What about collecting data from other people to use on the performance appraisal form? Would it be a good idea to ask for information from a salesman's customers, or ask a manager's subordinates about her performance as a supervisor?
Other people may have far more information than the manager himself may have. Customers know more about a salesman's customer relations performance than the sales manager knows; subordinates know more about their boss's supervisory abilities than the boss's boss can hope to know.
But there are some ethical responsibilities involved here. Before calling a group of a salesman's customers to ask them about the quality of service he provides, or surveying a work team about how good a job their supervisor does in motivating and recognizing them, it's appropriate to get the individual involved inor at least aware ofthis data-collection effort.
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The best time to consider this is during the performance-planning discussion at the start of the year. In the discussions with the salesman and supervisor, the manager and the individual will agree that customer relations and supervisory skills will be two aspects of performance that are important to assess. It is logical for the manager to ask the individual. "Jack, how will I get the information I need to assess your performance in the customer relations area?" Or, "Marie, what do you think is the best way for me to find out about your supervisory skills?"
In each case, of course, the answer is obvious: Talk with my customers/ subordinates.
The manager is then able to ask, "How do you suggest that I do this?" The best approach for the customer data would probably be to ask them to fill out some simple survey. For the subordinates, a written survey would work, as might a couple of interviews or an invitation to submit a confidential narrative about the way the supervisor works with those on the team.
In both cases, make the individual responsible for gathering the data. The salesman should be the person to draft the customer service survey and, after the manager reviews and approves it, distribute it to a representative sample of his customers. The supervisor can discuss the need to get the manager the information needed for the supervisor's performance appraisal during a staff meeting.
The key point is this: Make the individual responsible for collecting the data about his own performance.
I've asked the employee to write a self-appraisal. Should I use what the employee has written in the self-appraisal as part of the official appraisal I'm writing?
Only if what the employee has written exactly reflects your own view of the quality of her performance.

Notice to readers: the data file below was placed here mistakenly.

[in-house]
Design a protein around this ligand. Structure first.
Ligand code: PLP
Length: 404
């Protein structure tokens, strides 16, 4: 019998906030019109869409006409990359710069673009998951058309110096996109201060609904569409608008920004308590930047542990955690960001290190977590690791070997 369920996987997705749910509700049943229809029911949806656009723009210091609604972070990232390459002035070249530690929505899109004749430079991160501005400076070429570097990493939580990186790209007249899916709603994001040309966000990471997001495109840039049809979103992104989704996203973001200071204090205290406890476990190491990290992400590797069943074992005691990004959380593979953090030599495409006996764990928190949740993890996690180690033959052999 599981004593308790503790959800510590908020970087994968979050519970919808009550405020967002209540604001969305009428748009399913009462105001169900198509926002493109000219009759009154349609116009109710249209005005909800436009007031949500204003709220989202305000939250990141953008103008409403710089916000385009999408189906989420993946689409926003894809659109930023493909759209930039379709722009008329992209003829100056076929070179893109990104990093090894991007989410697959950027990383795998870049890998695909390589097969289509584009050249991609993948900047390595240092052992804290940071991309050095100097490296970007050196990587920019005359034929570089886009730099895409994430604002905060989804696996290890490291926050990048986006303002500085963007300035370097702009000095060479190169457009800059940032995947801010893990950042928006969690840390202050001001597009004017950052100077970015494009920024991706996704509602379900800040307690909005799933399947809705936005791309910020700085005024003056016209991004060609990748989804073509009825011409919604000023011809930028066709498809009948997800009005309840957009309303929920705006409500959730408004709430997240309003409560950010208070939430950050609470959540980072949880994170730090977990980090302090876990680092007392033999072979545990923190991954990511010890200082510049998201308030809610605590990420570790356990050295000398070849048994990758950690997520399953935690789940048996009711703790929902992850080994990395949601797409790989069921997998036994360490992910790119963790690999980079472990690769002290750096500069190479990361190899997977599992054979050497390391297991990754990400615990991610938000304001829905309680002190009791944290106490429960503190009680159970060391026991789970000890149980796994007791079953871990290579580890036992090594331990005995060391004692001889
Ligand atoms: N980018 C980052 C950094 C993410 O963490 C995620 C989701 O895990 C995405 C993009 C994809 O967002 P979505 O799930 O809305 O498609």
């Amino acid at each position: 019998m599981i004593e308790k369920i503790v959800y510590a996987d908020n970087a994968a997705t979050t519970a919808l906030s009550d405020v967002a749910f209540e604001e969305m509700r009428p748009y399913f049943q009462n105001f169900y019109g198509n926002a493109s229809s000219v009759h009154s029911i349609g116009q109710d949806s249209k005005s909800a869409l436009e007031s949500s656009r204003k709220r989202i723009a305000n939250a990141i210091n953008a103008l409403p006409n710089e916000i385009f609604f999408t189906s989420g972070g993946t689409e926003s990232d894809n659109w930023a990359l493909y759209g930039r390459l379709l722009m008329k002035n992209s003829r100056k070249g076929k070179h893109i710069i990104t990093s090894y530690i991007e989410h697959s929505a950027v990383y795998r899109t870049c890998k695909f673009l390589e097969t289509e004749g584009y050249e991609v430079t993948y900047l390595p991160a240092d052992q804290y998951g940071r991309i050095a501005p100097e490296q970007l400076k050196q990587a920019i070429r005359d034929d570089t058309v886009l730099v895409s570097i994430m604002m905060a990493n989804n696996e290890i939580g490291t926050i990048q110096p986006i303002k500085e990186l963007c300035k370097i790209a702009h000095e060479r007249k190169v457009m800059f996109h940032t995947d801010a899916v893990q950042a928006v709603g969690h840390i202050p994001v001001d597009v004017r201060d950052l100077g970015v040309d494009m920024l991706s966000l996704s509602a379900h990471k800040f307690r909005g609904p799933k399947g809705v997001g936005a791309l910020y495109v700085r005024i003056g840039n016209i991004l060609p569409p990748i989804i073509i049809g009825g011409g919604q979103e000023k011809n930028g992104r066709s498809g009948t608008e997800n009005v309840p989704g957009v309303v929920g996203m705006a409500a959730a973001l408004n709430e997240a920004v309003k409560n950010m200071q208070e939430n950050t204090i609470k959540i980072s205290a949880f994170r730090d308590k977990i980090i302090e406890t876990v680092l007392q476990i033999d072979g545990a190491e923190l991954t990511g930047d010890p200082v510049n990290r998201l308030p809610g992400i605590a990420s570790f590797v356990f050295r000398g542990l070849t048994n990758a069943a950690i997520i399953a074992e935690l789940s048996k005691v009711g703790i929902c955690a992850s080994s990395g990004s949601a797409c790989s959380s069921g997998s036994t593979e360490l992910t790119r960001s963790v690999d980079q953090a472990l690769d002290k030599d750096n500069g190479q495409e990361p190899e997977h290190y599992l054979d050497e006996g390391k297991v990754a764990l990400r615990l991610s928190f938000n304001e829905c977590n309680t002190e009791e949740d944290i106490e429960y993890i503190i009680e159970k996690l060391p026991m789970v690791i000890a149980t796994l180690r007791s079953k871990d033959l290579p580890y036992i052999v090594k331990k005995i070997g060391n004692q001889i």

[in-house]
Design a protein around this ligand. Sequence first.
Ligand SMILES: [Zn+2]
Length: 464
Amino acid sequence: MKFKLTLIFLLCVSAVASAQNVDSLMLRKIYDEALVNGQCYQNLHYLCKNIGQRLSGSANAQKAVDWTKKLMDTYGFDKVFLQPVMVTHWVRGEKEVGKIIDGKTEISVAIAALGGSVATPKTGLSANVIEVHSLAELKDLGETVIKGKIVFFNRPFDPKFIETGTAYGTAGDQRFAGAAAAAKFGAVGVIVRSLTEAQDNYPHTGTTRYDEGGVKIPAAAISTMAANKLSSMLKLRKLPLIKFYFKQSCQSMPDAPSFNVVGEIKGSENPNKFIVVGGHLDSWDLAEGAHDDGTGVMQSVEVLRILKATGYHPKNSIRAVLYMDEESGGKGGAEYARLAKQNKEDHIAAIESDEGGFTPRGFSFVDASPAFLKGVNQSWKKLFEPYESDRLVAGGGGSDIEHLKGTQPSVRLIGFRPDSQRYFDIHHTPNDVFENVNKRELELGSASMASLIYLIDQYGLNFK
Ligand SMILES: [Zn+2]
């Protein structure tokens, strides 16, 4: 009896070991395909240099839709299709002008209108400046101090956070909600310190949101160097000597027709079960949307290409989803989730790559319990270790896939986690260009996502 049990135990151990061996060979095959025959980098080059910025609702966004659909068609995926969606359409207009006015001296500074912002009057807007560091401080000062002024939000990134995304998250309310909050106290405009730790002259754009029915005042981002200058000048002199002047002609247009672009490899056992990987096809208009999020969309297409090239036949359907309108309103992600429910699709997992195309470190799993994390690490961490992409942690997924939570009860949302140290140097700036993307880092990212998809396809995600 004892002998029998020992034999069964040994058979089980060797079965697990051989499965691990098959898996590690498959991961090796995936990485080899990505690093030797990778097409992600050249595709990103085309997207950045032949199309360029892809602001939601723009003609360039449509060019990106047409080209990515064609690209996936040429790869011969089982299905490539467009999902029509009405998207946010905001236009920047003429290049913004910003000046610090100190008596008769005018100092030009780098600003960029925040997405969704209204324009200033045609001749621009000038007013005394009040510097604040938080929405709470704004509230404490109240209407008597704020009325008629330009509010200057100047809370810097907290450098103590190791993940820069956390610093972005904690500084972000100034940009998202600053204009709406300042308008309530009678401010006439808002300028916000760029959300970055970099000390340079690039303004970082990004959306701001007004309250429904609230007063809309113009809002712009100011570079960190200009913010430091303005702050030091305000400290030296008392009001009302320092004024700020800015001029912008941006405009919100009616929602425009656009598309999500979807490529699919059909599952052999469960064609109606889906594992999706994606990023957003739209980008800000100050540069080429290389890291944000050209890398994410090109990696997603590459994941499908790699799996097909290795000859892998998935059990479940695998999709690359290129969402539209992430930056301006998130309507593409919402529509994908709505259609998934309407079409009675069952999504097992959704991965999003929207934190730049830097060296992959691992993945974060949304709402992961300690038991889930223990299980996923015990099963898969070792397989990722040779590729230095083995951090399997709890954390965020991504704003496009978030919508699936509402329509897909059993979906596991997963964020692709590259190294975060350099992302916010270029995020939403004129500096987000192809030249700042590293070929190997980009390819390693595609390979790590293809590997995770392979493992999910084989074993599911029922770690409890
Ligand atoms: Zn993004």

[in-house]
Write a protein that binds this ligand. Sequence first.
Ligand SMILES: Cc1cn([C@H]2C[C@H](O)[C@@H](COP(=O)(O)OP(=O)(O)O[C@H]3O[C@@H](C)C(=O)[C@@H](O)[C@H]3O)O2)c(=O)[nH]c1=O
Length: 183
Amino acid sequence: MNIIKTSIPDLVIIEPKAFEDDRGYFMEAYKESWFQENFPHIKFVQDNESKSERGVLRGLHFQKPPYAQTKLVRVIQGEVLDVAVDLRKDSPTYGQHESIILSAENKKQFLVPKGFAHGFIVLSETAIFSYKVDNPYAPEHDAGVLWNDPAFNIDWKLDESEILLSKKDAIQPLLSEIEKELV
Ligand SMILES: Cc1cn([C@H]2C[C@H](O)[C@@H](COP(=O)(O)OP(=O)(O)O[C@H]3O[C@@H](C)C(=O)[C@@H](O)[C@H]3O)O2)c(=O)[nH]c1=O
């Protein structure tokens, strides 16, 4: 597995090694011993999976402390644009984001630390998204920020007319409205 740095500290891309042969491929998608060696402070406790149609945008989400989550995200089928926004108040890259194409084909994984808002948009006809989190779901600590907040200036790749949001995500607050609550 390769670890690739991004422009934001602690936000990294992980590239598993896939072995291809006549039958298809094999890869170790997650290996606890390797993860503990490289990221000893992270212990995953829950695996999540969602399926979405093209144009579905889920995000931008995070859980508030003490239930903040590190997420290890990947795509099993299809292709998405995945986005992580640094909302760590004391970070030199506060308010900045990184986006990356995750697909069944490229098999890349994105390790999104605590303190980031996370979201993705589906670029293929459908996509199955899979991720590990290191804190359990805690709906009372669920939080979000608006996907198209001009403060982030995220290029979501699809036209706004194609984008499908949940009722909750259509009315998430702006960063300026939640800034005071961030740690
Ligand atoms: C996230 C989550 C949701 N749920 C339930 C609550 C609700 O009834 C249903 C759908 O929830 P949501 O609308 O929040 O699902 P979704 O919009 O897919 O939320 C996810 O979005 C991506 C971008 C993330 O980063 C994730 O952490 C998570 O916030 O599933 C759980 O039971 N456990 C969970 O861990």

Some individuals have discovered that when they are called upon to write a self-appraisal, the boss is actually attempting to delegate the entire performance appraisal chore to the subordinate. In this case, the shrewd subordinate should write a glowing review of herself with all strengths praised and all flaws minimized, particularly if the appraisal rating will connect with compensation decisions or promotability.
The wise manager uses the subordinate's self-appraisal as only one nugget in a whole mine of performance information. However, if the employee has described her performance in a way that is particularly accurate and well written, there is no reason not to copy the employee's words into the official appraisal.
Should I put more emphasis on the results the individual achieved or on the way the person went about doing the job?
Put more emphasis on the results. Ultimately, getting the job done is more important than the way in which the results were brought about (assuming legal and ethical means were used).
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Some organizations provide for various objectives to be weighted, or allocate a certain number of points between the competencies portion of the performance appraisal instrument and the part that evaluates the individual's performance against goals, objectives, and key job responsibilities. If your organization provides for a specific weighting scheme, follow the procedures provided.
Most organizations, however, don't provide predetermined weightings. Managers have discretion about the amount of emphasis to place on different aspects of performance. If this is the case in your company, take advantage of the flexibility you've been provided. In your performance-planning discussion, let the individual know which portions of the performance appraisal form you're going to put the greatest emphasis on. If you feel that Harry should pay particular attention to his performance in one particular competency area, tell him at the start of the year that that competency is going to count more than any of the others.
It's not a good idea to try to assign specific percentages or to allocate one hundred points to various parts of the form. While this approach might seem logical, it ends up forcing managers and employees to make trivial distinctions. Worse, it leads to making the determination of an employee's final rating into an arithmetic problem.
A better approach is simply to indicate high, medium, and low when you are talking about the relative importance of various elements to be assessed.